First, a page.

Spore prints are one of numerous ways to investigate the identity of a mushroom, and you can’t identify the color if you can’t see it. You simply place a fresh mature mushroom cap, gills down, on a piece of paper for a day or two allowing it to release its spores. Continue Reading →

Book of the Week: Dirt Hog

By Kelly Klober

Editor’s Note: The following is an excerpt from an Acres U.S.A. book, Dirt Hog, written by Kelly Klober. Copyright 2007, softcover, 320 pages. Regular price: $25.00.

Hogs are actually very social animals and are quite safe and easy to handle, as long as you avoid situations that are too forced or overly rushed. Most farmers, for example, will feed the animals over a fence not because of any perceived ferociousness, but because hogs have a tendency to function as a group and curiously crowd around any source of activity near them.

Dirt Hog by Kelly Klober

Dirt Hog, by Kelly Klober

Make the animals in a lot or pasture aware of your approach by whistling, humming, or talking to them softly. One of my first jobs on the farm was as the officially designated hog caller. I thought it was a sign I was growing up, but my high, youthful voice uttering “whoa, sow” simply carried farther. I was a bipedal “hog whistle” of sorts.

The hog on the range in many ways functions as a free agent. It isn’t a wild or uncontrolled animal, but in some respects the hogs do get closer to nature and their animal origins.

Continue Reading →

Reversing Climate Change through Regenerative Agriculture

By Andre Leu, International Director of Regeneration International

This year’s Acres U.S.A. Conference features numerous speakers, who can show how we can reverse the disruptive effects climate change by adopting best practice regenerative production systems. These systems will also make our farms and ranches more productive and resilient to the current erratic climate disruption that we are all facing.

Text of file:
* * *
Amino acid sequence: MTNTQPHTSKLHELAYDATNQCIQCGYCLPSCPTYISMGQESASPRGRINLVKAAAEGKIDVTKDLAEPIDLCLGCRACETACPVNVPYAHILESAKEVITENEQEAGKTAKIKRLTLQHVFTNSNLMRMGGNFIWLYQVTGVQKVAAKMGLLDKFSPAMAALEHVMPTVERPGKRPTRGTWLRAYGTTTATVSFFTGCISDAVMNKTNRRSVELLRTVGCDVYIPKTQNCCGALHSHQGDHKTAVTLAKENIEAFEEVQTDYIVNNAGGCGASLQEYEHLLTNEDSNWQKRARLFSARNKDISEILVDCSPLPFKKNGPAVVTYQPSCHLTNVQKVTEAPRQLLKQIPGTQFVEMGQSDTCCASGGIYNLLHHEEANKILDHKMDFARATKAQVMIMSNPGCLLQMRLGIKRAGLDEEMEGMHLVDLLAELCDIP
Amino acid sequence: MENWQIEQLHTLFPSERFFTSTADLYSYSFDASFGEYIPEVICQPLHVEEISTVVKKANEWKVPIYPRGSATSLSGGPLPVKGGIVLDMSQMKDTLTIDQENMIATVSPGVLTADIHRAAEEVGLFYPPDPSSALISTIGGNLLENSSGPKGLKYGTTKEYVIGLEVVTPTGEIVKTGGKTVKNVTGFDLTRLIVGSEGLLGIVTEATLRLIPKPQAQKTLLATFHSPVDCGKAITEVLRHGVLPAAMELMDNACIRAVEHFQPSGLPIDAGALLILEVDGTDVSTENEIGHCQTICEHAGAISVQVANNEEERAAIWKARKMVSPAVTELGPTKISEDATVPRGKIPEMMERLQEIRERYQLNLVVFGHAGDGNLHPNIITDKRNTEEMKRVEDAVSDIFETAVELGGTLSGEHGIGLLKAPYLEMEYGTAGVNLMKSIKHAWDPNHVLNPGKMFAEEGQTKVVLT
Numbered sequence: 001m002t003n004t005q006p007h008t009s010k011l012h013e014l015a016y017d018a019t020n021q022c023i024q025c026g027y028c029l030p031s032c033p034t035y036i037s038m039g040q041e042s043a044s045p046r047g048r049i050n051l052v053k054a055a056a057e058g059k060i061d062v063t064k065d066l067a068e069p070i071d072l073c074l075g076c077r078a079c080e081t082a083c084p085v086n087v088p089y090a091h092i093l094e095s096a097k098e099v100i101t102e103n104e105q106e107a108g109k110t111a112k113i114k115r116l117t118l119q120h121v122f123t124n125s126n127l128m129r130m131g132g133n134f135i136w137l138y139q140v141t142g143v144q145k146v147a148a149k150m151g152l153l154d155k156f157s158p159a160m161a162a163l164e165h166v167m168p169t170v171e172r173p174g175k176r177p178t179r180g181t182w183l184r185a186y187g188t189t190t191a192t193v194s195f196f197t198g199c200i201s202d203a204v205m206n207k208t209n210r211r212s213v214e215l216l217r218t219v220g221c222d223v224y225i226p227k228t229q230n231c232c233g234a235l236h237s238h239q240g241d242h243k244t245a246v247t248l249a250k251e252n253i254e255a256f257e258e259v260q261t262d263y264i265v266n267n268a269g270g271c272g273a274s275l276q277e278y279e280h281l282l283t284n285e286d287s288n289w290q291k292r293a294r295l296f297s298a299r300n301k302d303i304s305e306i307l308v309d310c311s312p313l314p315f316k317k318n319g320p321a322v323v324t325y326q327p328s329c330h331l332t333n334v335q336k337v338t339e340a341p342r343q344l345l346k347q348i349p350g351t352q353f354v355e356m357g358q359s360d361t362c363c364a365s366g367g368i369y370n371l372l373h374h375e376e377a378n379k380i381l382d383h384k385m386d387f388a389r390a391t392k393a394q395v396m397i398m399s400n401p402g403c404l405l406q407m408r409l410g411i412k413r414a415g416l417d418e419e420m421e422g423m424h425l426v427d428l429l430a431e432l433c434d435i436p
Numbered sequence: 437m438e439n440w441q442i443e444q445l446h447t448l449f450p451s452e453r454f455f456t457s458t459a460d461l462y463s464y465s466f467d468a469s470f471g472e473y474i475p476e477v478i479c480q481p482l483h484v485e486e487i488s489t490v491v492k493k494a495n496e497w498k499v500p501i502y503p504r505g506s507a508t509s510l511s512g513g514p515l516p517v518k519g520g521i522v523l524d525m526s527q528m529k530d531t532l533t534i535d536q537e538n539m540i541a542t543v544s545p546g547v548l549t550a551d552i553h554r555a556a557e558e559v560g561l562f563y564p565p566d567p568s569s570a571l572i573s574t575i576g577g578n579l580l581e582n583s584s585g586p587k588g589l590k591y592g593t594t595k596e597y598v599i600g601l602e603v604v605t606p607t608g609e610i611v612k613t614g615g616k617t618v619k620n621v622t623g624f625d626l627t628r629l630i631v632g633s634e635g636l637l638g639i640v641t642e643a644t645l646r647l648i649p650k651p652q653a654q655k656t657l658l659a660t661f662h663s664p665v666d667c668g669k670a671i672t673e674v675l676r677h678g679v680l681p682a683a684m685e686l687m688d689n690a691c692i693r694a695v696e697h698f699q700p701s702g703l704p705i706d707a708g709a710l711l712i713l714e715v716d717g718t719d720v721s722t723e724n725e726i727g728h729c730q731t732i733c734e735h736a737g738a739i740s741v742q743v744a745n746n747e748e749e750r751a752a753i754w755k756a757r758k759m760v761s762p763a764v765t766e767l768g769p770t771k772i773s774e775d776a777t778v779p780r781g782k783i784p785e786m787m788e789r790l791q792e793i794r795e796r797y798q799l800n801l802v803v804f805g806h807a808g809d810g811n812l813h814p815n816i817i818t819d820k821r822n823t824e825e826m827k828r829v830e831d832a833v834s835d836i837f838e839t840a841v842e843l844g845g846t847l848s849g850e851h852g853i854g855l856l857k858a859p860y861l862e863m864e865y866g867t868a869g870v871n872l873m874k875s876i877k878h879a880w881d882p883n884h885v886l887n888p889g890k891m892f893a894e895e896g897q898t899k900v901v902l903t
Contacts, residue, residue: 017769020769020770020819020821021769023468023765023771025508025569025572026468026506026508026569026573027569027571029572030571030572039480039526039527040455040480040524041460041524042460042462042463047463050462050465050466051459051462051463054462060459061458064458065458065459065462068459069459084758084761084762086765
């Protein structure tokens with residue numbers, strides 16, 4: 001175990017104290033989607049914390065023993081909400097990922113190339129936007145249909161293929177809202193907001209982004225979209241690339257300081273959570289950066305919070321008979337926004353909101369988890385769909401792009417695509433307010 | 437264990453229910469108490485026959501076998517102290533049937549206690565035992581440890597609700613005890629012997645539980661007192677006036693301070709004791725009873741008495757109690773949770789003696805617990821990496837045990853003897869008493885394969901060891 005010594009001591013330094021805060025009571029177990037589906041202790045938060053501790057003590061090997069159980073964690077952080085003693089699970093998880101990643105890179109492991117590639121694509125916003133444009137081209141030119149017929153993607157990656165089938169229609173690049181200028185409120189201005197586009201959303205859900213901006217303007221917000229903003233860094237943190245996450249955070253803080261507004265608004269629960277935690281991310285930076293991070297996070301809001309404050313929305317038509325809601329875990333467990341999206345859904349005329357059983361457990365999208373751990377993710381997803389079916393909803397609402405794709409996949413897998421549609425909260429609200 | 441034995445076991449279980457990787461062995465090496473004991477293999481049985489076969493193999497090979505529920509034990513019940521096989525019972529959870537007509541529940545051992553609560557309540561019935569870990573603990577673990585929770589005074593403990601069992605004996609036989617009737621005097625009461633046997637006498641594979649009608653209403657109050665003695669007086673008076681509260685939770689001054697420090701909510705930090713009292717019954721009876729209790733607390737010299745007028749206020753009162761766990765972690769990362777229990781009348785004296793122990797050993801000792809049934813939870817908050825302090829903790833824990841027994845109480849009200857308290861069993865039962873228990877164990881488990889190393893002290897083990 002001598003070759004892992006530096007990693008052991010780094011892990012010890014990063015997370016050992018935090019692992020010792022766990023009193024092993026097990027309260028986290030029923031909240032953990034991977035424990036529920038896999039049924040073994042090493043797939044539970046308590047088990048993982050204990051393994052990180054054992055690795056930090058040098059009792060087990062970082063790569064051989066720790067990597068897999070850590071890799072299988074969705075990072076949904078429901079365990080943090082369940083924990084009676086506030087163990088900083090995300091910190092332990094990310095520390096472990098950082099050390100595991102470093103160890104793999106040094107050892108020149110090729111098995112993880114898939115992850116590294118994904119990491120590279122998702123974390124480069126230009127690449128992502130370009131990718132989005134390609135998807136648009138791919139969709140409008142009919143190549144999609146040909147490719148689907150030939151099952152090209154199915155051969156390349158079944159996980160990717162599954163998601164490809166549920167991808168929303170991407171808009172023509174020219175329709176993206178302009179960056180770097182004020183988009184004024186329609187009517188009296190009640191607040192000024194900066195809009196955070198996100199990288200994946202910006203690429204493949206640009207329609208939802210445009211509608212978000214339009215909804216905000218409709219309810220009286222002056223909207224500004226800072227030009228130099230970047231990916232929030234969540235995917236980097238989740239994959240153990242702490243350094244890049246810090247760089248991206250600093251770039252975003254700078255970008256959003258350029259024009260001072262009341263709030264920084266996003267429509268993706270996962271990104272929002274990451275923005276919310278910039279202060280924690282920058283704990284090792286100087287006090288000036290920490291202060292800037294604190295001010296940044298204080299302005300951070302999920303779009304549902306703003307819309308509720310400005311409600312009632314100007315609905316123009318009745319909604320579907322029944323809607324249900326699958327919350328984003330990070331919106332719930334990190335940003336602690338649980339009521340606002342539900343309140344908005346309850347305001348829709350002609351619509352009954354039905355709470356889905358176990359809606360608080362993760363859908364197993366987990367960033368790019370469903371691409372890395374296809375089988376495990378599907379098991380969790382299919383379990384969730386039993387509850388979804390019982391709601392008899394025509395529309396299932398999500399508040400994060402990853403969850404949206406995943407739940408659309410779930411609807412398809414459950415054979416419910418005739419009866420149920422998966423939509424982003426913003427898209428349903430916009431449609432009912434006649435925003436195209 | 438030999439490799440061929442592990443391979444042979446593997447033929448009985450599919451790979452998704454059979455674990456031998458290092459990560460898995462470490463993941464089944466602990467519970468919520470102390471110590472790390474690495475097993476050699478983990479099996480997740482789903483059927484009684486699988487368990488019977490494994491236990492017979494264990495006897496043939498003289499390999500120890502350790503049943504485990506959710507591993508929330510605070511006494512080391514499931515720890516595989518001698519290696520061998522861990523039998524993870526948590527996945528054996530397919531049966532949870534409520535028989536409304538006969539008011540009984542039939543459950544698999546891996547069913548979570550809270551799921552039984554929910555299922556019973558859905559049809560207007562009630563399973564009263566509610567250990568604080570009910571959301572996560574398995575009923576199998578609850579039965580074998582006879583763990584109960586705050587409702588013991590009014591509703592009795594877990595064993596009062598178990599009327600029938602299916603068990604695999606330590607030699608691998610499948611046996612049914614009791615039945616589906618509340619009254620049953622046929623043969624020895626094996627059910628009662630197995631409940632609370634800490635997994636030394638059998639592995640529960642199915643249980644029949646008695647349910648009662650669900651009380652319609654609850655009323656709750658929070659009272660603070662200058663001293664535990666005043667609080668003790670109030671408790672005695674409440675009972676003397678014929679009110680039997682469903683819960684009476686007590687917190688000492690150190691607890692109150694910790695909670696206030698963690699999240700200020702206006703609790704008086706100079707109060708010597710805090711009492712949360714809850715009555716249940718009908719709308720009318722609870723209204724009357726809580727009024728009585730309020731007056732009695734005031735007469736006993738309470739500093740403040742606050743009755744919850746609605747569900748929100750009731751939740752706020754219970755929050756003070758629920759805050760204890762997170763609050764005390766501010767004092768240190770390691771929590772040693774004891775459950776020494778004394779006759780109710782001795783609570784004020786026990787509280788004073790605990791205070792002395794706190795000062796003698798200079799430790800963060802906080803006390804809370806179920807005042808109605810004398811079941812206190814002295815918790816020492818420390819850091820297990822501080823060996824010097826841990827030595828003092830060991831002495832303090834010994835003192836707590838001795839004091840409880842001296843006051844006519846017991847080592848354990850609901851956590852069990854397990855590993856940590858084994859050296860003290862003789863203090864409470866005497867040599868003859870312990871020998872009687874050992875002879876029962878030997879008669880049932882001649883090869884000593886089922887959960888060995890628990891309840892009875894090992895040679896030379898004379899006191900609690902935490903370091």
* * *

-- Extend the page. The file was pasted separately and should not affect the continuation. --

Andre Leu international director of Regeneration International

Andre Leu is the international director of Regeneration International

The increasing erratic and disruptive weather events caused by climate change are the greatest immediate threat to viable farming and food security. We are already being adversely affected by the longer and more frequent droughts, and irregular, out-of-season and destructive rainfall events.

The world is already around 1.8 degrees Fahrenheit (1 degree Celsius) warmer than the industrial revolution. The energy needed to heat the atmosphere by 1.8 degrees is equivalent to billions of atomic bombs. I am using this violent metaphor so that people can understand how much energy is being released into our atmosphere and oceans and why we will get more frequent and stronger storms wreaking havoc in our communities.